5. This looks like an answer to a question no one is asking.
Craig Hansen says
The last thing we need in our life environment is more plastic!
I haven’t read the background info, admittedly….is it not made of Recycled plastic?
That was an assumption on my part.
But what about any excess once the hole is filled? Can it be mixed outside the bag for amounts needed.
Sue Guatella says
I live in Liverpool UK is this available in UK it so
Were I need this to put up a new fence by my self
This would be FANTASTIC
Utility companies have been using expanding foam forever, on power line poles.
I bought four gallons of this stuff. Yes I was a sucker!! I used it on two corner post to start my project. This product was too messy, nothing like you see in the video, and it could be torn apart by hand. And yes I followed the instructions and used the proper amounts. I had to remove the post, clean them up and use concrete. If anyone wants this stuff I’ll gladly give you mine just to get rid of it. Buyers beware!!!!!!!!
Bob Harrison says
Eric Moore says
As a handyman around the home this product is invaluable to me. Thankyou.
This crap made a mess! Bag broke when I rolled it. Went all over my concrete.. can’t clean it off.
Walter leitenberger says
Makes one hell of a mess
Jean Alicea says
If building a two story pole barn, would this product be able to deal with the weight? How sturdy and stable would it be?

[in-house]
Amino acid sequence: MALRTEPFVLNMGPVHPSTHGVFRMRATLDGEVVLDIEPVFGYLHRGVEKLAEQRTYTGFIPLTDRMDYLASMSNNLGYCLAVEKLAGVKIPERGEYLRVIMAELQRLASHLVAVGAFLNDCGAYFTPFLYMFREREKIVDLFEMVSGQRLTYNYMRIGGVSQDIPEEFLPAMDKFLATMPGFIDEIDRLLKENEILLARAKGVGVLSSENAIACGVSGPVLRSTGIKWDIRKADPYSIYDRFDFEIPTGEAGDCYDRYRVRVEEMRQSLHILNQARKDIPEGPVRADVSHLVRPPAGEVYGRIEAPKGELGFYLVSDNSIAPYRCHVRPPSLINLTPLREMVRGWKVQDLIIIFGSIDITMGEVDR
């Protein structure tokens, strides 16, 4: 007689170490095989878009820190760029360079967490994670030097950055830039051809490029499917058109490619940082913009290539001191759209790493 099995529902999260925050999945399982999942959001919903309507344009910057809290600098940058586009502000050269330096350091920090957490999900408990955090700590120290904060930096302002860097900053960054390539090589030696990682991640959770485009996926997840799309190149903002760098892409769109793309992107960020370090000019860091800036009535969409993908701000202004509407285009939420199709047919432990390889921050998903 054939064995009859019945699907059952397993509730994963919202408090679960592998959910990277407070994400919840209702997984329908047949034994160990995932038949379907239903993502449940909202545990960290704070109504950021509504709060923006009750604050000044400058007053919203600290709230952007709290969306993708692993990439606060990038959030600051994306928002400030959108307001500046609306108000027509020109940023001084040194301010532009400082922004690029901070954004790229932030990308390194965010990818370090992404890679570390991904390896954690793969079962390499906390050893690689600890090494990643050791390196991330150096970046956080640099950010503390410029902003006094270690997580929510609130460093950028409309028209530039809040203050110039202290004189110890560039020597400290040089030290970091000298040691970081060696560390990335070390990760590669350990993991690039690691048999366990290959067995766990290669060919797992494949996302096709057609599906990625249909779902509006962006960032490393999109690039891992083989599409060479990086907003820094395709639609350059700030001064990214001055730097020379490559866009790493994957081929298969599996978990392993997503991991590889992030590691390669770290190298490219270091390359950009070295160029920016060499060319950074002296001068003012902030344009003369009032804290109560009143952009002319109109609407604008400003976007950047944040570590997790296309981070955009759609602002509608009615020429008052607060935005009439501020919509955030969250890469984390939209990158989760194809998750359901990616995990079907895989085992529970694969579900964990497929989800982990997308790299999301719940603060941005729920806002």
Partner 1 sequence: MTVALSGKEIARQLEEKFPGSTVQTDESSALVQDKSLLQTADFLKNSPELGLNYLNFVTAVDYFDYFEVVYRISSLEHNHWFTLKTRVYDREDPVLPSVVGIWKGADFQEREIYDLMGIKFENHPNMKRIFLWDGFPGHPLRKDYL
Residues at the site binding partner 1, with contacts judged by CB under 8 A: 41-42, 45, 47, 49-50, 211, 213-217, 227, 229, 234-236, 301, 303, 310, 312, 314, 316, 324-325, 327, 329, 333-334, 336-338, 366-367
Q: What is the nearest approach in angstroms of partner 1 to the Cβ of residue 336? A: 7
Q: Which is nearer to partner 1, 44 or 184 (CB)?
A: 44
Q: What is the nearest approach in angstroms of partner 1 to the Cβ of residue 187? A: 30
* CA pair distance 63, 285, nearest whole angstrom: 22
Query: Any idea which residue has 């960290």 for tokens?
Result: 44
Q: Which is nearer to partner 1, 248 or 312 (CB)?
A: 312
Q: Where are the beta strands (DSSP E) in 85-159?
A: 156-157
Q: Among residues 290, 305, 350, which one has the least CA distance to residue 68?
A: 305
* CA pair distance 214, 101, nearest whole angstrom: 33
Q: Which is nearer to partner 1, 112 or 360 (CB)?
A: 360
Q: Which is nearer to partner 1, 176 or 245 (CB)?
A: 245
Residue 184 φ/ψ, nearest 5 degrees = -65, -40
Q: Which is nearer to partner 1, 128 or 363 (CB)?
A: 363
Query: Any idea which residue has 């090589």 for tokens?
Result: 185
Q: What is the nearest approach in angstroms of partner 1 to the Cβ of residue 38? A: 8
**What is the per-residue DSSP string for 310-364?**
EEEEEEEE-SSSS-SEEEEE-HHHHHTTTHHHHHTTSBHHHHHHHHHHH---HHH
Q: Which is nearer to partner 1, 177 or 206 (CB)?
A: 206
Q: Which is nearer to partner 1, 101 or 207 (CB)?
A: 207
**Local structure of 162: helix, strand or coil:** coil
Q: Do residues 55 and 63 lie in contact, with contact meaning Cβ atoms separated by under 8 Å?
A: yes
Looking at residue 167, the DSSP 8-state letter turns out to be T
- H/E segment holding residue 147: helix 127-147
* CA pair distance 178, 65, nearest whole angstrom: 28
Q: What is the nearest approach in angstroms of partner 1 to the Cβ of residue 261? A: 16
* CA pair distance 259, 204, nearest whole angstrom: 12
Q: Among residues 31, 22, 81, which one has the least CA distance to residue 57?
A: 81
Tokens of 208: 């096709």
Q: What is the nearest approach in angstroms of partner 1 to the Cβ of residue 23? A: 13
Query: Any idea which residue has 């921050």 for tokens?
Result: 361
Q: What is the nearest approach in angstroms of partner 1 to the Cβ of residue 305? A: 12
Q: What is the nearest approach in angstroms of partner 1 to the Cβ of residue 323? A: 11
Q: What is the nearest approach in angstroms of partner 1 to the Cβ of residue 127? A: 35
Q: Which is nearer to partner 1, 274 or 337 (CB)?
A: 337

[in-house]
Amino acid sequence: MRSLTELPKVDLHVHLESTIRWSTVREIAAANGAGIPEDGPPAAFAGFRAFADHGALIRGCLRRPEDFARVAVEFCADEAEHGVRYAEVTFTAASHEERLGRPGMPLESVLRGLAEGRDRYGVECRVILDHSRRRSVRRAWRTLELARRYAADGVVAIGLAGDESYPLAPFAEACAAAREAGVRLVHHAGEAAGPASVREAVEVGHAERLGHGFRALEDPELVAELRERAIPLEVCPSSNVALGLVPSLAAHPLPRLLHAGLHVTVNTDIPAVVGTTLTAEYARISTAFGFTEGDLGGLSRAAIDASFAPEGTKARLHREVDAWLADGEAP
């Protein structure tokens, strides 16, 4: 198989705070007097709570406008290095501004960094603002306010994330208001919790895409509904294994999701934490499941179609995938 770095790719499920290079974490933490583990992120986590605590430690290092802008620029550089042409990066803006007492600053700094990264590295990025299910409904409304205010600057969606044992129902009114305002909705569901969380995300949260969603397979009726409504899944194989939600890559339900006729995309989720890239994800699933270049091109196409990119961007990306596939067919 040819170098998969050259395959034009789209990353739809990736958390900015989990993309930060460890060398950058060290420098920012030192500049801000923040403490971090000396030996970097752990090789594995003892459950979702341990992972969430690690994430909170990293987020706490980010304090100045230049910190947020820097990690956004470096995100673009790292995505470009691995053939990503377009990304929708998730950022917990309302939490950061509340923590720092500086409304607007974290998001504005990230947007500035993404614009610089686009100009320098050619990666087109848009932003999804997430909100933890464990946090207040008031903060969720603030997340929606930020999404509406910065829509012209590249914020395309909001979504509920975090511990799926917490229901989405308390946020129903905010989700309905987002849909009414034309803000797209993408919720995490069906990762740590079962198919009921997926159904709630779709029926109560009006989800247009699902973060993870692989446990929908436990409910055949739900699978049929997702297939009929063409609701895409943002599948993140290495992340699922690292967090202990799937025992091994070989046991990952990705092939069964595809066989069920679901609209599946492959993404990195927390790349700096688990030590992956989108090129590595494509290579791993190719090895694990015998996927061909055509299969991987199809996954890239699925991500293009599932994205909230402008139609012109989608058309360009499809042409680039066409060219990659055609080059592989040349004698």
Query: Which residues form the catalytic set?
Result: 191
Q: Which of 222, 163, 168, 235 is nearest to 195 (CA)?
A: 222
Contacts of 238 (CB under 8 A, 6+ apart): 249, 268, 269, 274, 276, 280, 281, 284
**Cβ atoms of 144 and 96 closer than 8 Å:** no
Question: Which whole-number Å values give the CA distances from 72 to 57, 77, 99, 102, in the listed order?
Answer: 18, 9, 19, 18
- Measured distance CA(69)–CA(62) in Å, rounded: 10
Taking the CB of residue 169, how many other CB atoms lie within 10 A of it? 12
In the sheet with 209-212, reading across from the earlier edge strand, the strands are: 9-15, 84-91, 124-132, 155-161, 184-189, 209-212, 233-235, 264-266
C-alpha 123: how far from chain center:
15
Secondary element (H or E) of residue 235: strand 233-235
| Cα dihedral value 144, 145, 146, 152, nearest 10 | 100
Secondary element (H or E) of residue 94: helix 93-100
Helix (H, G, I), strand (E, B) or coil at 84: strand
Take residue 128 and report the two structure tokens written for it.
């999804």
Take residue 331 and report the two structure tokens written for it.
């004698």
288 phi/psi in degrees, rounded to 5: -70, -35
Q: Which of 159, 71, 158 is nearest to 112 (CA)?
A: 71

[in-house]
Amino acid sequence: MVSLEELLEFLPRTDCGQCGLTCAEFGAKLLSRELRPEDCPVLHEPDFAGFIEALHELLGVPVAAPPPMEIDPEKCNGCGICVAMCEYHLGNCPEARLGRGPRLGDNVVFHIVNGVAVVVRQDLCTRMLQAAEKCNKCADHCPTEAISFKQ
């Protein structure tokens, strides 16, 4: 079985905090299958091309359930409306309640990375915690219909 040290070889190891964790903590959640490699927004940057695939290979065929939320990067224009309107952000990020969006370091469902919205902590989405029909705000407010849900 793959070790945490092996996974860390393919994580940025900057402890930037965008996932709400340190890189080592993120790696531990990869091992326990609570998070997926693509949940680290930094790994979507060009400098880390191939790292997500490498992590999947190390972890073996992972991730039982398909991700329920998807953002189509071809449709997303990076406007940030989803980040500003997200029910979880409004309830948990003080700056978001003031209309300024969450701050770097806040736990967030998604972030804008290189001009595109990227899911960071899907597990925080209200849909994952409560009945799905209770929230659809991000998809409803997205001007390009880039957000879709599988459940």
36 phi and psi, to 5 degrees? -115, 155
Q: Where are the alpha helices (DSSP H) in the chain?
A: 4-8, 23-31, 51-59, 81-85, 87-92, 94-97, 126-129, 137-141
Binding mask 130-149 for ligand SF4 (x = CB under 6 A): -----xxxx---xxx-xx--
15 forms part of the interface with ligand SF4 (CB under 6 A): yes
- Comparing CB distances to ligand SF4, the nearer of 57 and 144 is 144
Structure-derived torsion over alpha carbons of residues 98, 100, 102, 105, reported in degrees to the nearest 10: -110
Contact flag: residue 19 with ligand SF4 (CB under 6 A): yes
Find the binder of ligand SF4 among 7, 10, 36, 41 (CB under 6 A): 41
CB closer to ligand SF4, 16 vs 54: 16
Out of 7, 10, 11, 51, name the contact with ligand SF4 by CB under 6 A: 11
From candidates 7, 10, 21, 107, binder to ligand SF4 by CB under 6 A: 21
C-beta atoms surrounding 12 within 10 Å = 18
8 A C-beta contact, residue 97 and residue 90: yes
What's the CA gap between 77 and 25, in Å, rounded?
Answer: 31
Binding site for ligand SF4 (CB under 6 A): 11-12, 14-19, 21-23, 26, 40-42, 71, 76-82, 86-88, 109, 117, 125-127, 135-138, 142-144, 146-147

If you can cut it away with a knife how can it hold anything securely
Marco Camilleri says
Hi can I find this material in Malta please
Paul Lovelace says
Who sells it
Steven Robertson says
Will never replace quick-set concrete mix on performance and price.
Like selling ice to the Eskimos…
Logan Huber says
Road construction companies use foam when building new highways and interstates. I use expanding foam underground in a coal mine to secure solid concrete block walls. And these walls can be up to 18’wide x 18’tall. Seals off unwanted airflow and holds the wall upright.
Where can I get this stuff? What’s the name if you know? Thanks I have a project that I need something strong like ur describing.
just let me tell you how comforting f’ing FOAM will be when what stands between your HOUSE and hundred mile an hour wind it a couple posts and fence sections set in it.
Another non-biodegradable, non-recyclable material. What happens when you remove the post? The seeing material can’t be reused like concrete. The day has come when we have to go back to reusable methods. No one will take our garbage anymore. Polyresins don’t degrade. They just become landfill. The engineers need to stop with these quick methods that are leading to long-term issues.
B. Patterson says
Thank you for commenting on this joke. The part where the man is hanging on the post, that is about as false as you can get.
Gary Sievers says
As a carpenter, I’ve used A LOT of products including Sika and this is a winner! I will be trying this out (if my Lowe’s carries it) soon!
Sharon Pasowicz says
I am raising a 2” PVC to use to hang bird feeders. I saw this product and was debating buying it. I couldn’t find it on the web site, looked under “Sika Post Fix” and ‘Cement Substitute.”
I wanted to know what the price was, if this product was biodegradable, does it lose it’s waterproof ability if it is cut with a knife, etc…
Needless to say, after reading these comments, I will stick with using Quick-Crete – the “old standard.”
Aeri McShane says
If your theory about it floating in floods proves true, and our roads, power poles, and buildings are secured with it, what is next? Not biodegradable either?
Joseph paul Schofield says
Not used I well published when I use it
Such a cool product!